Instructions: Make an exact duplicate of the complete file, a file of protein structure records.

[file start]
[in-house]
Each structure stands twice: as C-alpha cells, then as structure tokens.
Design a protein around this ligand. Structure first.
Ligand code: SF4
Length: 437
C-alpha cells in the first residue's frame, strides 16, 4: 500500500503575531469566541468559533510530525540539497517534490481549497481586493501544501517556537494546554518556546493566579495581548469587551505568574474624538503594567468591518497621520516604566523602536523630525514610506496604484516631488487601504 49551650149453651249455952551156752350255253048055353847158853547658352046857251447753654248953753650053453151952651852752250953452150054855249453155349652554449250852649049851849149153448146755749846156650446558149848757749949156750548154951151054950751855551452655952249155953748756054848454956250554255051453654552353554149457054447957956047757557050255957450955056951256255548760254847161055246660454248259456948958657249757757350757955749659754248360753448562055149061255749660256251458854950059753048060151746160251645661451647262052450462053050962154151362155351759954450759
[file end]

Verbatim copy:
[in-house]
Each structure stands twice: as C-alpha cells, then as structure tokens.
Design a protein around this ligand. Structure first.
Ligand code: SF4
Length: 437
C-alpha cells in the first residue's frame, strides 16, 4: 500500500503575531469566541468559533510530525540539497517534490481549497481586493501544501517556537494546554518556546493566579495581548469587551505568574474624538503594567468591518497621520516604566523602536523630525514610506496604484516631488487601504 49551650149453651249455952551156752350255253048055353847158853547658352046857251447753654248953753650053453151952651852752250953452150054855249453155349652554449250852649049851849149153448146755749846156650446558149848757749949156750548154951151054950751855551452655952249155953748756054848454956250554255051453654552353554149457054447957956047757557050255957450955056951256255548760254847161055246660454248259456948958657249757757350757955749659754248360753448562055149061255749660256251458854950059753048060151746160251645661451647262052450462053050962154151362155351759954450759